Come with us down the rabbit hole on the 125th anniversary of Lewis Carroll's death
Oh, frabjous day! Callooh! Callay!
This Saturday (14 January), we commemorate the death of Charles Lutwidge Dodgson, better known as Lewis Carroll.
It’s been 125 years since the passing of the English author, poet and mathematician, who is best know for his works 'Alice’s Adventures in Wonderland' (1865) and 'Through the Looking-Glass' (1871).
These two stories, filled with riddles, fascinating allegories and bizarre touchpoints, have permeated practically every aspect of popular culture and provided inspiration for countless films, series, songs, video games and various works of art.
We all know the Disney version (probably the most timeless iteration of the original book) and the countless American adaptations – the last two of which were Tim Burton’s middling 2010 effort Alice in Wonderland and its dire 2016 sequel Alice Through the Looking Glass … But what about the European counterparts?
Join us while we go down the rabbit hole and explore the European feature film adaptations of Carrol’s masterpieces, guiding you through the lesser known titles that are essential viewing for any fan of Carroll and his unique works.
Alice in Wonderland (1903) – UK
The first movie adaptation of 'Alice in Wonderland' was the silent short by Cecil Hepworth and Percy Stow, with May Clark as Alice. Only one copy of the original film is known to exist and the British Film Institute (BFI) partially restored the movie and released it in 2010.
The original film ran about 12 minutes; the restoration runs approximately 8 minutes.
While the first full-length British version of 'Alice in Wonderland', directed by George More O’Ferrall and starring Vivian Pickles as Alice, was released in 1946 and is more watchable (and significantly less damaged than the 1903 version), Alice in Wonderland is still worth your time as a piece of cinematic history.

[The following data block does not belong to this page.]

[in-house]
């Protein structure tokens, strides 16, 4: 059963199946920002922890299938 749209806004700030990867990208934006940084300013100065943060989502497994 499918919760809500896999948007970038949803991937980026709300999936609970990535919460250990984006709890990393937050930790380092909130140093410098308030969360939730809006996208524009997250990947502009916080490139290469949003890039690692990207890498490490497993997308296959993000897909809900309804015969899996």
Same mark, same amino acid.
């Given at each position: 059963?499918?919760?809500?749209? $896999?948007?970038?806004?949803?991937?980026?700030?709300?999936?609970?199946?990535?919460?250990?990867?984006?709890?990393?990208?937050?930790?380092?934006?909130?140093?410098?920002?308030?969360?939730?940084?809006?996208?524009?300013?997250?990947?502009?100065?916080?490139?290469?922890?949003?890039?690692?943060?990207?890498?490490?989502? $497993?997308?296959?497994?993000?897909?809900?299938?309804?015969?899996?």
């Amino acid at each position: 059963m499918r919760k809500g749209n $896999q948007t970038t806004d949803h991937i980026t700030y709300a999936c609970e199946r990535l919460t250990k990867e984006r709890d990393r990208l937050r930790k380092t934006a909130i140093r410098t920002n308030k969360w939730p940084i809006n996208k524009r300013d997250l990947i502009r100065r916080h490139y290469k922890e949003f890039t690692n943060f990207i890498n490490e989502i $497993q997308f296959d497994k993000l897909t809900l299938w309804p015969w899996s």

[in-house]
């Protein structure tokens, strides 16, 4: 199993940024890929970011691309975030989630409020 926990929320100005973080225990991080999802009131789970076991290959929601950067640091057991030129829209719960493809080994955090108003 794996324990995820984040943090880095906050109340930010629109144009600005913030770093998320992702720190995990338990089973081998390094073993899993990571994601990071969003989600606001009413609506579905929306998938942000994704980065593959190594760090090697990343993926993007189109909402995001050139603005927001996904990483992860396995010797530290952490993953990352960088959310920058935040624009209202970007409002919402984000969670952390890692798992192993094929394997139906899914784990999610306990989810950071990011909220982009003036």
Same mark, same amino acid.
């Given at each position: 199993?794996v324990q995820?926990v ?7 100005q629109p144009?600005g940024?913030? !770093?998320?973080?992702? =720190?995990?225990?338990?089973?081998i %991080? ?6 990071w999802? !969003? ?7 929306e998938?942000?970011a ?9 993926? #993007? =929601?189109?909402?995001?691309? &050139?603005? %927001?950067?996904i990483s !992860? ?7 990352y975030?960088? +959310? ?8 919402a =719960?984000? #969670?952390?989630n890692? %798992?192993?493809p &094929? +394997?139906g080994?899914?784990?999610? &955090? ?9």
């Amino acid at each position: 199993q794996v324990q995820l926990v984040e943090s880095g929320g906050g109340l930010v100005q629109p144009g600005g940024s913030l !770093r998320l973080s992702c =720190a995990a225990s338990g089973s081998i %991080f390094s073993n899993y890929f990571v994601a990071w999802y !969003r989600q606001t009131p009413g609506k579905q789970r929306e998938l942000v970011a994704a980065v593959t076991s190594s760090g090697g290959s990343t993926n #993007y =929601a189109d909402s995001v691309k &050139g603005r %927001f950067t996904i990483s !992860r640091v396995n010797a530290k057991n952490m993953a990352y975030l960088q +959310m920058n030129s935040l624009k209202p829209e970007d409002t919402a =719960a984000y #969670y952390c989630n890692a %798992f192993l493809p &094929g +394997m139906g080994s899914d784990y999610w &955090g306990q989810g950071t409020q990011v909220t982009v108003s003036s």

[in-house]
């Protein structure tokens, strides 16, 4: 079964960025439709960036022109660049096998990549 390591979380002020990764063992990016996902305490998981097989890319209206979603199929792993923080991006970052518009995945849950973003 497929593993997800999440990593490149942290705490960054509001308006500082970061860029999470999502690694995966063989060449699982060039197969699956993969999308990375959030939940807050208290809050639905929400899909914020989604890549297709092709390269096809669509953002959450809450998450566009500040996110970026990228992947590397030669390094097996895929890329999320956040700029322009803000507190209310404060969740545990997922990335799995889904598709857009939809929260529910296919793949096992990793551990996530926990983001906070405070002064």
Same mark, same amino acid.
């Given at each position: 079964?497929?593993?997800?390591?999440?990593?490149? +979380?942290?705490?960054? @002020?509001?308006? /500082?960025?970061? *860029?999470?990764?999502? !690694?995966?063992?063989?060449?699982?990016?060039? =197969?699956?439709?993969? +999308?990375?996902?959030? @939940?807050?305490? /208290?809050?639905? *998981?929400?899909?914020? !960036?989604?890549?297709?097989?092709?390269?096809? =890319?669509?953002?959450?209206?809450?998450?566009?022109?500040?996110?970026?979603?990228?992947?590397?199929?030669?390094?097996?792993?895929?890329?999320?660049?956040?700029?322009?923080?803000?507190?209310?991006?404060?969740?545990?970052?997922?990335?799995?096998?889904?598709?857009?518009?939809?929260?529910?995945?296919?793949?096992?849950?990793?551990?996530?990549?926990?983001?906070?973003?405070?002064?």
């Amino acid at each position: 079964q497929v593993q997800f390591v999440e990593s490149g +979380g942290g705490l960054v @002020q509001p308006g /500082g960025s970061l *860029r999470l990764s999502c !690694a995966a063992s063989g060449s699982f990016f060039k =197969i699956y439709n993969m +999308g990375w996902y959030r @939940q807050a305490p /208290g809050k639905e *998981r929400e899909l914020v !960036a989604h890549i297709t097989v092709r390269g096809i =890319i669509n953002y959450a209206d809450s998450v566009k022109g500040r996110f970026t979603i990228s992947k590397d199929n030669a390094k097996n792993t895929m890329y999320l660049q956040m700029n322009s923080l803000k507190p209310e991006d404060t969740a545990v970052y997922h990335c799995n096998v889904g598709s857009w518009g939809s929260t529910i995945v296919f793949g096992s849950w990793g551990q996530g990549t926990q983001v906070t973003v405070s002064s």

Made just 37 years after Lewis Carroll wrote his novel and eight years after the birth of cinema, it is particularly memorable for its use of special effects, including Alice's shrinking in the Hall of Many Doors. It was the longest film produced in England at that time.
You can find it on YouTube – and we’ve handily embedded the film below:
Alice au pays des merveilles (1949) – France
Directed by British director Dallas Bower, this Anglo-French production stars Carol Marsh as Alice, with most of the Wonderland characters portrayed by stop-motion animated puppets created by American puppeteer Lou Bunin.
Set in Victorian England, the film is not a direct adaptation per se, as the story follows author Charles Dodgson and frames the 'Alice in Wonderland' narrative around Carroll’s life.
The film had a troubled release. It wasn’t screened in Britain until 1985, allegedly because Carroll's representation of the Queen of Hearts (played in 1949 by Pamela Brown) was seen as too unkind to Queen Victoria. Additionally, Disney sued to prevent the film’s release in the US, as Disney Studios was making its own full-length animated version of Alice at the same time.
There was some justice for this 1949 version however, when the Museum of Modern Art restored the film on a 35mm print in a rare 2009 screening.
Alice ou la dernière fugue (1977) - France